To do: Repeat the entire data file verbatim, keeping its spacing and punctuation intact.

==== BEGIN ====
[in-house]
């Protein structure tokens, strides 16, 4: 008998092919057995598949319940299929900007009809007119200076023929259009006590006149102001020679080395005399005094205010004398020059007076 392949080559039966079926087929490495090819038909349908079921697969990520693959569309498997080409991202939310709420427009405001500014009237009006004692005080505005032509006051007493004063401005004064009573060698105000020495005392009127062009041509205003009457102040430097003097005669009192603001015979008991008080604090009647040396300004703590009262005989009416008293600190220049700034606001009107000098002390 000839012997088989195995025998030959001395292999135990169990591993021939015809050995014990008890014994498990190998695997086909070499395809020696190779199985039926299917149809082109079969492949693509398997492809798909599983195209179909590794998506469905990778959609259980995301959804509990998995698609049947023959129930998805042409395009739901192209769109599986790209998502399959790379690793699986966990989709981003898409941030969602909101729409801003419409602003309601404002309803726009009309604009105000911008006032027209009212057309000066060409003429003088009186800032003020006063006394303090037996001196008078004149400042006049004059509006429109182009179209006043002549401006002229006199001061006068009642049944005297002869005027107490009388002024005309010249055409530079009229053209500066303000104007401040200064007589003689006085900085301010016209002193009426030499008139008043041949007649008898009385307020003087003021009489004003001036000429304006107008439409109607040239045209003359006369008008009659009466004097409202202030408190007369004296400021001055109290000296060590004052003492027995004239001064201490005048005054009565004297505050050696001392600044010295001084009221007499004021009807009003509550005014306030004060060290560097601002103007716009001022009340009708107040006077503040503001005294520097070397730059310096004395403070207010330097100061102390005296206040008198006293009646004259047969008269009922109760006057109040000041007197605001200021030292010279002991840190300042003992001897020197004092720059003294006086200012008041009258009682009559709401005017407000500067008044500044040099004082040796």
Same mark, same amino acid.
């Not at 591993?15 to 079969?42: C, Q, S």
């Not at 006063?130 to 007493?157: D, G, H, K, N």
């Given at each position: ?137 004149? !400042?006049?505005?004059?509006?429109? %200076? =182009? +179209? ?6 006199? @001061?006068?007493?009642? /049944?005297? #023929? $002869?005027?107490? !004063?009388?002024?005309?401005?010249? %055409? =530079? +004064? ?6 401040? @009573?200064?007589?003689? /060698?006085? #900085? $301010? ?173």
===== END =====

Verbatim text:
[in-house]
């Protein structure tokens, strides 16, 4: 008998092919057995598949319940299929900007009809007119200076023929259009006590006149102001020679080395005399005094205010004398020059007076 392949080559039966079926087929490495090819038909349908079921697969990520693959569309498997080409991202939310709420427009405001500014009237009006004692005080505005032509006051007493004063401005004064009573060698105000020495005392009127062009041509205003009457102040430097003097005669009192603001015979008991008080604090009647040396300004703590009262005989009416008293600190220049700034606001009107000098002390 000839012997088989195995025998030959001395292999135990169990591993021939015809050995014990008890014994498990190998695997086909070499395809020696190779199985039926299917149809082109079969492949693509398997492809798909599983195209179909590794998506469905990778959609259980995301959804509990998995698609049947023959129930998805042409395009739901192209769109599986790209998502399959790379690793699986966990989709981003898409941030969602909101729409801003419409602003309601404002309803726009009309604009105000911008006032027209009212057309000066060409003429003088009186800032003020006063006394303090037996001196008078004149400042006049004059509006429109182009179209006043002549401006002229006199001061006068009642049944005297002869005027107490009388002024005309010249055409530079009229053209500066303000104007401040200064007589003689006085900085301010016209002193009426030499008139008043041949007649008898009385307020003087003021009489004003001036000429304006107008439409109607040239045209003359006369008008009659009466004097409202202030408190007369004296400021001055109290000296060590004052003492027995004239001064201490005048005054009565004297505050050696001392600044010295001084009221007499004021009807009003509550005014306030004060060290560097601002103007716009001022009340009708107040006077503040503001005294520097070397730059310096004395403070207010330097100061102390005296206040008198006293009646004259047969008269009922109760006057109040000041007197605001200021030292010279002991840190300042003992001897020197004092720059003294006086200012008041009258009682009559709401005017407000500067008044500044040099004082040796």
Same mark, same amino acid.
């Not at 591993?15 to 079969?42: C, Q, S």
């Not at 006063?130 to 007493?157: D, G, H, K, N």
């Given at each position: ?137 004149? !400042?006049?505005?004059?509006?429109? %200076? =182009? +179209? ?6 006199? @001061?006068?007493?009642? /049944?005297? #023929? $002869?005027?107490? !004063?009388?002024?005309?401005?010249? %055409? =530079? +004064? ?6 401040? @009573?200064?007589?003689? /060698?006085? #900085? $301010? ?173």